“I’m wanting you to see this as a chance to face your fears to some degree.”
Life is often a matter of circumstance, and is a word capable of being both a noun and a verb. What we see and what we feel during How to Dance in Ohio shows the cruel and unfair hand so many are dealt yet gracefully endure, proving limitations only get in the way if you let them. This is a documentary about individuals on the spectrum of highly functioning Autism, rightfully painting a portrait of a purpose driven life. It could have pandered and begged for our pity, and honestly that would have still worked, only to a lesser effect. How to Dance in Ohio puts its people on an equal plain because that’s where they deserve to be, delivering a stunningly minimalist study on self-fulfillment, effortlessly capturing who and what we are all capable of being.
In Columbus, Ohio, individuals on the spectrum, from young teens all the way up to adults, are faced with a challenge. 12 weeks from the start will be a major event – an initiation of sorts – meant to serve as a stepping stone into furthering and expanding their social skills. It’s the Spring Formal, and How to Dance in Ohio is never afraid to be simple, always putting one foot in front of the other as it builds towards its finale. We follow three young ladies, all different, all experiencing the same emotions but in different ways. Marideth Bridges is the most reclusive, spending countless hours immersed in her computer. Caroline McKenzie seems the most socially aware while still facing the roadblocks of Autism. And Jessica Sullivan has her eyes set on maintaining her job and eventually moving out on her own in hopes of finding independence. They all struggle to handle their heartstrings when it comes to boys, getting glammed up for the dance, stressed about possible rejection.
Young adults are often like the primitive minds who believed in the Geocentric model, incorrectly thinking the stars and the planets and the sun revolved around Earth. The dance is a rite of passage, and comes with great pressure because at that age we think everything revolves around us. Only with time do we learn heliocentrism. Whether it’s through Marideth, Caroline, or Jessica, How to Dance in Ohio manages to be heartbreaking and uplifting at the same time. We see how badly they want to be able to interact with others, can read their eyes and see the dialogue spinning cobwebs in their mind. But they can’t. There are crippling effects to Autism, and it is compared to trying to talk to somebody through a brick wall. Fear of rejection lives within us all, and while it induces dread, ignoring the negative possibilities and acting in the moment, no matter the outcome, can help us find new places.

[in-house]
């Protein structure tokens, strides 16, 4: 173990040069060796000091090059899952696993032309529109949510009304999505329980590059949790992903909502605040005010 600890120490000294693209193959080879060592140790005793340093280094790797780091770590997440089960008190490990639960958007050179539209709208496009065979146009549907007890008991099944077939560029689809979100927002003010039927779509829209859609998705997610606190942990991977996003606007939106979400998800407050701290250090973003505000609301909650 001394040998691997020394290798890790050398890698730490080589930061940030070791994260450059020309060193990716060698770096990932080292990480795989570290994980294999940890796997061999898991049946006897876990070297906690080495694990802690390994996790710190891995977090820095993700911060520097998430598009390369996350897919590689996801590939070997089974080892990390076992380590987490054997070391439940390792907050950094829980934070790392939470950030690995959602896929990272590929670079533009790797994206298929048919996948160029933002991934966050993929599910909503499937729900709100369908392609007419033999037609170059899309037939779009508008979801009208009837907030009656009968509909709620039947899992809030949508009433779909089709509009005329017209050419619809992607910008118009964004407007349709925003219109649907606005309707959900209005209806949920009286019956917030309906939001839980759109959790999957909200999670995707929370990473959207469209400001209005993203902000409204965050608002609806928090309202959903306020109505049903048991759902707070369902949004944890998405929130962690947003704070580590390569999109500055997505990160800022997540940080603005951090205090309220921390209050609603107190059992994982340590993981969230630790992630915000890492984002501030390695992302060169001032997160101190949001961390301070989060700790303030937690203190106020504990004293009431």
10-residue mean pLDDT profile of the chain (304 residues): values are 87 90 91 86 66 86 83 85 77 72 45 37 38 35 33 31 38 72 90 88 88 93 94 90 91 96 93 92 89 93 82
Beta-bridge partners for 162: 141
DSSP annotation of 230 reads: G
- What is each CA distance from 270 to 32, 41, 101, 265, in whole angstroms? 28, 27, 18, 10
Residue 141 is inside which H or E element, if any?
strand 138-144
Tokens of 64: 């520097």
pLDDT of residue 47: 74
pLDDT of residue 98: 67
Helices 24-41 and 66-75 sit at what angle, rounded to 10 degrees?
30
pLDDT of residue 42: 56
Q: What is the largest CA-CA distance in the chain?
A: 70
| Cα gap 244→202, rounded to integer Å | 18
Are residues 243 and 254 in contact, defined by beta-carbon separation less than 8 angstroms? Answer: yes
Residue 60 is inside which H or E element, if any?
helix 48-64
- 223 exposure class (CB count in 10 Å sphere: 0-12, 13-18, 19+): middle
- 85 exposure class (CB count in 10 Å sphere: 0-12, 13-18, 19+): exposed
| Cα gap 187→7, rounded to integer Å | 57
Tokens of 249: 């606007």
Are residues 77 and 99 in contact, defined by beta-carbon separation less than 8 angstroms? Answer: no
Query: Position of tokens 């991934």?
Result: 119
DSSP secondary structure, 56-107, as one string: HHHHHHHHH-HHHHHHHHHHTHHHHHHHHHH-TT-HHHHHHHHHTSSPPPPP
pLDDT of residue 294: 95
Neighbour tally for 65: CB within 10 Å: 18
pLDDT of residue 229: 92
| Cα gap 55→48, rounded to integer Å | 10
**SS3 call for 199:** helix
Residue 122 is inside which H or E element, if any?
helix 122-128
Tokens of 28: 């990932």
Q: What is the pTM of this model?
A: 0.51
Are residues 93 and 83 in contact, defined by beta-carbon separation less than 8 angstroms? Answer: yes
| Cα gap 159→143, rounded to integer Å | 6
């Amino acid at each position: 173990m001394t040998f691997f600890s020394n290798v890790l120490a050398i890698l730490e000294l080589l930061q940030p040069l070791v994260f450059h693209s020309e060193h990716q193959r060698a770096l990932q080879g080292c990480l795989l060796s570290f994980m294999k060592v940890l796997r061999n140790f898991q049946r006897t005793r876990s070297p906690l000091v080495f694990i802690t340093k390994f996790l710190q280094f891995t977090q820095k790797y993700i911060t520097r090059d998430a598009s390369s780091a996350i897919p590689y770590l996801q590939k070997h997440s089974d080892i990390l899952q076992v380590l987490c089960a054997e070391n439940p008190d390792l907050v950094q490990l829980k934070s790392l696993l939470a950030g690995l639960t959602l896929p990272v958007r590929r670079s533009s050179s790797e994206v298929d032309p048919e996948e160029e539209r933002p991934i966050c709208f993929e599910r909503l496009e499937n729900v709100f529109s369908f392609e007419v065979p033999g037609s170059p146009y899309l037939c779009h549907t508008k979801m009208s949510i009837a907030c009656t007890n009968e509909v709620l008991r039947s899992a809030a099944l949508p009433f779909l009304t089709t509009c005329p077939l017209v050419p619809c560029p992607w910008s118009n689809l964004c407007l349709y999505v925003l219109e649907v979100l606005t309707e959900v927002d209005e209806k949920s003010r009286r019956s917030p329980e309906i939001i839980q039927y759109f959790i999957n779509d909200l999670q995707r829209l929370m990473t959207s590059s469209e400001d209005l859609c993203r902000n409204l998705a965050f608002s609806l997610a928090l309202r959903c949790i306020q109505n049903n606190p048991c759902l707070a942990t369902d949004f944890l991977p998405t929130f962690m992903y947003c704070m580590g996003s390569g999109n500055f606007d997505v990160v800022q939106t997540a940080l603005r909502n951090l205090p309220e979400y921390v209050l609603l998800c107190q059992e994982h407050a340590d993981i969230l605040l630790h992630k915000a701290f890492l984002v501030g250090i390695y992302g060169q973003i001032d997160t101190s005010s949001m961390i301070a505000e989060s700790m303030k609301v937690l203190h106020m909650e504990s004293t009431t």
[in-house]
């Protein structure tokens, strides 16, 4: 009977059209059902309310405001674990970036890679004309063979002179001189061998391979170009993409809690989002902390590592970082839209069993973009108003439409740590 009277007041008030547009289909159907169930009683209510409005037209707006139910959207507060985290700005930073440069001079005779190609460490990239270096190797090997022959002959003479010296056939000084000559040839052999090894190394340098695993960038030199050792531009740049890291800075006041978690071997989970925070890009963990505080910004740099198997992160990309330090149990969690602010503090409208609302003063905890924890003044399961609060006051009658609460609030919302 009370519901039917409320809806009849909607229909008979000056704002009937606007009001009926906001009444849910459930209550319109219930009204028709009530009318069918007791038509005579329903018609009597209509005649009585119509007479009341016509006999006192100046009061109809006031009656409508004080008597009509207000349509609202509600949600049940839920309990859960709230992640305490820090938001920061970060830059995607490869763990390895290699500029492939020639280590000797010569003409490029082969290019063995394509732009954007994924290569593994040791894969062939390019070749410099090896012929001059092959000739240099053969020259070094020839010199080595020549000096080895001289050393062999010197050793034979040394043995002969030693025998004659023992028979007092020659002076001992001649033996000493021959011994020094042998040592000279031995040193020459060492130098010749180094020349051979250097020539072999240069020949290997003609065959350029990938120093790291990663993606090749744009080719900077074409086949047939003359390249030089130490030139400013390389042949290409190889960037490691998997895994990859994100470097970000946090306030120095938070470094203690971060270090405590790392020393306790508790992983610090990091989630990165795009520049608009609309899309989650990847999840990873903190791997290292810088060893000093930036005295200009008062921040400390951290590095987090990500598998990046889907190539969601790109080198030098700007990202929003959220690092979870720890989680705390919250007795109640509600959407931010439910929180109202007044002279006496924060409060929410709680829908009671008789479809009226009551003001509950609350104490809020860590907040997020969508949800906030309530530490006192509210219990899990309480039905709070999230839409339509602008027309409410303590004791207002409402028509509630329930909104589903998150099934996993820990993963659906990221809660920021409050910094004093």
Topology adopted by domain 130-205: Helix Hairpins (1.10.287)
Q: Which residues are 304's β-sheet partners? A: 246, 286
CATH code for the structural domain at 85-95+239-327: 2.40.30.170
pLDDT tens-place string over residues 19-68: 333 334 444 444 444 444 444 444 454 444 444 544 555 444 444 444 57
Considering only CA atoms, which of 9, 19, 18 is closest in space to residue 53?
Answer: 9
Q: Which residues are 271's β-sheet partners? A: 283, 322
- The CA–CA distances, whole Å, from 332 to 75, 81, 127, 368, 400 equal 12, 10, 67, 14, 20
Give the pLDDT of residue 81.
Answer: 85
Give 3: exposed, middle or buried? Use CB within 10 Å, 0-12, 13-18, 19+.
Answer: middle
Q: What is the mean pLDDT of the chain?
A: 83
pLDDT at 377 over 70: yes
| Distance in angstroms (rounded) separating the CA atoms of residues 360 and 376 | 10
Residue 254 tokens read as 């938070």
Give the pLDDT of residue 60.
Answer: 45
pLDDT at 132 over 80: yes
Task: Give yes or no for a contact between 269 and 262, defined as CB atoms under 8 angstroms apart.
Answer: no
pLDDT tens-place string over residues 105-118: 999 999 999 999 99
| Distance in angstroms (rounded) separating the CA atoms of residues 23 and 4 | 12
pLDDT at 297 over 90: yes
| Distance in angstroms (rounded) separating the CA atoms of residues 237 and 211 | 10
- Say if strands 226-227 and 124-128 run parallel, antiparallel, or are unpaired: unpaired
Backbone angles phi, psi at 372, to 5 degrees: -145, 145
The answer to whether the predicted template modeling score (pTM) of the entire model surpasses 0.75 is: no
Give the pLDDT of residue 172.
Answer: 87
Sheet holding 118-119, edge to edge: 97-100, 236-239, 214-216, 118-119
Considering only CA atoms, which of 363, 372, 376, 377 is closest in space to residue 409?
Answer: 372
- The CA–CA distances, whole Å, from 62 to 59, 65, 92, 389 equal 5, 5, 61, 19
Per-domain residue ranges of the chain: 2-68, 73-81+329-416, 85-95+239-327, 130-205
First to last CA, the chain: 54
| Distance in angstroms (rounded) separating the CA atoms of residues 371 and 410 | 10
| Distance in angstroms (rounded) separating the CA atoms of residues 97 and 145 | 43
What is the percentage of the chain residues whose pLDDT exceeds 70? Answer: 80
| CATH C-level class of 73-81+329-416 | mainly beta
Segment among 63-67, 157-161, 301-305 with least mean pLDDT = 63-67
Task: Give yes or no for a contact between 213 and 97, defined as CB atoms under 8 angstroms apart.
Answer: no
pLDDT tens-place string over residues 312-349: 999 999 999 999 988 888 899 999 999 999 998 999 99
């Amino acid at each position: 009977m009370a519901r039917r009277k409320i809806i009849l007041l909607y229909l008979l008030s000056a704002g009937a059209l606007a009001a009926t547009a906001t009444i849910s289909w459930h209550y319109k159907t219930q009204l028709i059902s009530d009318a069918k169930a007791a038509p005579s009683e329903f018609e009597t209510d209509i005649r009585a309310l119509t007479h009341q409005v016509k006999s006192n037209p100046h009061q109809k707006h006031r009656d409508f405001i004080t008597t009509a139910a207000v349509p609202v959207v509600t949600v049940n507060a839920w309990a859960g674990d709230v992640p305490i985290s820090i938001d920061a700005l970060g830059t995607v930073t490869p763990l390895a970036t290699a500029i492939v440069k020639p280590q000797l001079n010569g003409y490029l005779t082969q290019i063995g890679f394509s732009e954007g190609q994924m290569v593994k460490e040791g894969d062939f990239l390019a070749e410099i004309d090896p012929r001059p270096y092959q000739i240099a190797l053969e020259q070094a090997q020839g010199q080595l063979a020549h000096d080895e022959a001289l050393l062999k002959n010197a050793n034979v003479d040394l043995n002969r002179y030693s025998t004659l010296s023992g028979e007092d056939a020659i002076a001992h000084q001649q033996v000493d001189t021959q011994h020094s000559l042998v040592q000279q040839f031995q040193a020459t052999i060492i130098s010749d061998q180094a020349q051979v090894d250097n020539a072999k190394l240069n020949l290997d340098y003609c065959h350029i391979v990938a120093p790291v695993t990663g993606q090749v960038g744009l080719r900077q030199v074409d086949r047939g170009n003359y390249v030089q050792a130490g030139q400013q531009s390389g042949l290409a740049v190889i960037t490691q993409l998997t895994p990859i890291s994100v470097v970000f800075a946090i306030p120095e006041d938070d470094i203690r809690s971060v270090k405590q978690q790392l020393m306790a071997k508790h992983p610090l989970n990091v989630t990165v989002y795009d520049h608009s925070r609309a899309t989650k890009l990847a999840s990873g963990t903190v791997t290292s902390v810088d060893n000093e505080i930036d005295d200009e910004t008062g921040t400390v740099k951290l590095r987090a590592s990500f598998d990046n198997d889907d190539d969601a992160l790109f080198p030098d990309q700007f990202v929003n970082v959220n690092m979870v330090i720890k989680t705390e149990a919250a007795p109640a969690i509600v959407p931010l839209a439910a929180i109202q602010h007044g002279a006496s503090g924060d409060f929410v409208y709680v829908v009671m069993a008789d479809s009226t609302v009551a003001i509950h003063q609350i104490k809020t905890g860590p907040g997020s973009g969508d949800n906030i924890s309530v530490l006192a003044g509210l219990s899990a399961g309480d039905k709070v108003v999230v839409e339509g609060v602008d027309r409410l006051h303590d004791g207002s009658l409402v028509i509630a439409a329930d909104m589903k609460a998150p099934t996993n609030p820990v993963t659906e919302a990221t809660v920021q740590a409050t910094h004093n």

The film can be a little thin, especially when it comes to the psychologist in charge of planning the dance and expelling the fear from his patients. And while the ending brings waves of emotions, many of them feel contrived and man-made rather than organic and captured. Those are little problems though, and How to Dance in Ohio, a HBO produced documentary, proves to be one of the more deeply personal and human films I’ve seen so far this year. Alexandra Shiva has made a movie that packs powerful insight and raw observation. Most importantly, she does not exploit her subjects, nor does she negatively affect them. That would have been easy given the material and the path. The formal is a metaphor for life, and Shiva lets these people choose whether they want to – or can – muster up the courage to dance and to live. How to Dance in Ohio is a feel-good movie with trust, thought, and an enveloping sense of empathy.
“You have to learn to interact with the world no matter who you are.”
Rating: 4 out of 5